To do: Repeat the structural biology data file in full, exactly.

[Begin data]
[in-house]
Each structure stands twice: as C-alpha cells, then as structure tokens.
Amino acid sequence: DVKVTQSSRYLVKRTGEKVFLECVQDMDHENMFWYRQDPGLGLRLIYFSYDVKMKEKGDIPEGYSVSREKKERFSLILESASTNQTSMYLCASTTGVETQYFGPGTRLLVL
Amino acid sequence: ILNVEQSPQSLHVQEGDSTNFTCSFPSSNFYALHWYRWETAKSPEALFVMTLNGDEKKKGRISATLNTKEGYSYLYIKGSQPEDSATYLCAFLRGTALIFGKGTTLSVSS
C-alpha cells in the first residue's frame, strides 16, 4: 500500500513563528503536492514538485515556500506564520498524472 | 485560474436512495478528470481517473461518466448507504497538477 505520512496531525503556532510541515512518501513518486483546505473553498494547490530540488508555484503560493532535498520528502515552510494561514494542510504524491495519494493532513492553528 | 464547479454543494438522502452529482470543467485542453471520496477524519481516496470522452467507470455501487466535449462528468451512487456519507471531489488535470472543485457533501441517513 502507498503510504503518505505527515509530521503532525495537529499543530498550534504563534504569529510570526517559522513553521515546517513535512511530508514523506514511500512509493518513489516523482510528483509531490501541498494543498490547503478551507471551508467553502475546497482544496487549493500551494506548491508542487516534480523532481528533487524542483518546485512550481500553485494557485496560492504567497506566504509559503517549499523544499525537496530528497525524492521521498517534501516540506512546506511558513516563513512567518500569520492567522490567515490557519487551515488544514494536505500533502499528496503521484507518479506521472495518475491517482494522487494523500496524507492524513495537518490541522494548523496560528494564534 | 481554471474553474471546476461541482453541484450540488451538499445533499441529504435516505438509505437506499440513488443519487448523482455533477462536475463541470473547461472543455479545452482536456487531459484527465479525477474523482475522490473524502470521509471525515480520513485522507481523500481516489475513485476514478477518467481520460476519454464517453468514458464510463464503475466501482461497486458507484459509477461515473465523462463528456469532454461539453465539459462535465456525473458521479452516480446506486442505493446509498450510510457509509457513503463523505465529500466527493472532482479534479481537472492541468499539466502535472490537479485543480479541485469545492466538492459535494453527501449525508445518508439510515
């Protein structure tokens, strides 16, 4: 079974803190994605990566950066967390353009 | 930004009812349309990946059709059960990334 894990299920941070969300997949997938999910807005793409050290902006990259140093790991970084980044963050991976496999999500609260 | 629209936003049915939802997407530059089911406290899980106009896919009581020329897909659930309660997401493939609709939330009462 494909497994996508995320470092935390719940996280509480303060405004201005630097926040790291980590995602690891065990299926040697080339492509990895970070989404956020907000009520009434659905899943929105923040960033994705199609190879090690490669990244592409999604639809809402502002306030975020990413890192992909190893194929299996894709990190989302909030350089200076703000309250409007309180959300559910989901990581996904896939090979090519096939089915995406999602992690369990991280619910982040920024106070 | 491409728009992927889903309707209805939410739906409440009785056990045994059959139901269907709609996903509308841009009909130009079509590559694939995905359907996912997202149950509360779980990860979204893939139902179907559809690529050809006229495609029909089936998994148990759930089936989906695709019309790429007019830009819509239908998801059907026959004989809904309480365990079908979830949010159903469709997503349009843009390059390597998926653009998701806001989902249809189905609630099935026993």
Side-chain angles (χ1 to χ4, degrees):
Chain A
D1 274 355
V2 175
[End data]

[in-house]
Each structure stands twice: as C-alpha cells, then as structure tokens.
Amino acid sequence: DVKVTQSSRYLVKRTGEKVFLECVQDMDHENMFWYRQDPGLGLRLIYFSYDVKMKEKGDIPEGYSVSREKKERFSLILESASTNQTSMYLCASTTGVETQYFGPGTRLLVL
Amino acid sequence: ILNVEQSPQSLHVQEGDSTNFTCSFPSSNFYALHWYRWETAKSPEALFVMTLNGDEKKKGRISATLNTKEGYSYLYIKGSQPEDSATYLCAFLRGTALIFGKGTTLSVSS
C-alpha cells in the first residue's frame, strides 16, 4: 500500500513563528503536492514538485515556500506564520498524472 | 485560474436512495478528470481517473461518466448507504497538477 505520512496531525503556532510541515512518501513518486483546505473553498494547490530540488508555484503560493532535498520528502515552510494561514494542510504524491495519494493532513492553528 | 464547479454543494438522502452529482470543467485542453471520496477524519481516496470522452467507470455501487466535449462528468451512487456519507471531489488535470472543485457533501441517513 502507498503510504503518505505527515509530521503532525495537529499543530498550534504563534504569529510570526517559522513553521515546517513535512511530508514523506514511500512509493518513489516523482510528483509531490501541498494543498490547503478551507471551508467553502475546497482544496487549493500551494506548491508542487516534480523532481528533487524542483518546485512550481500553485494557485496560492504567497506566504509559503517549499523544499525537496530528497525524492521521498517534501516540506512546506511558513516563513512567518500569520492567522490567515490557519487551515488544514494536505500533502499528496503521484507518479506521472495518475491517482494522487494523500496524507492524513495537518490541522494548523496560528494564534 | 481554471474553474471546476461541482453541484450540488451538499445533499441529504435516505438509505437506499440513488443519487448523482455533477462536475463541470473547461472543455479545452482536456487531459484527465479525477474523482475522490473524502470521509471525515480520513485522507481523500481516489475513485476514478477518467481520460476519454464517453468514458464510463464503475466501482461497486458507484459509477461515473465523462463528456469532454461539453465539459462535465456525473458521479452516480446506486442505493446509498450510510457509509457513503463523505465529500466527493472532482479534479481537472492541468499539466502535472490537479485543480479541485469545492466538492459535494453527501449525508445518508439510515
């Protein structure tokens, strides 16, 4: 079974803190994605990566950066967390353009 | 930004009812349309990946059709059960990334 894990299920941070969300997949997938999910807005793409050290902006990259140093790991970084980044963050991976496999999500609260 | 629209936003049915939802997407530059089911406290899980106009896919009581020329897909659930309660997401493939609709939330009462 494909497994996508995320470092935390719940996280509480303060405004201005630097926040790291980590995602690891065990299926040697080339492509990895970070989404956020907000009520009434659905899943929105923040960033994705199609190879090690490669990244592409999604639809809402502002306030975020990413890192992909190893194929299996894709990190989302909030350089200076703000309250409007309180959300559910989901990581996904896939090979090519096939089915995406999602992690369990991280619910982040920024106070 | 491409728009992927889903309707209805939410739906409440009785056990045994059959139901269907709609996903509308841009009909130009079509590559694939995905359907996912997202149950509360779980990860979204893939139902179907559809690529050809006229495609029909089936998994148990759930089936989906695709019309790429007019830009819509239908998801059907026959004989809904309480365990079908979830949010159903469709997503349009843009390059390597998926653009998701806001989902249809189905609630099935026993």
Side-chain angles (χ1 to χ4, degrees):
Chain A
D1 274 355
V2 175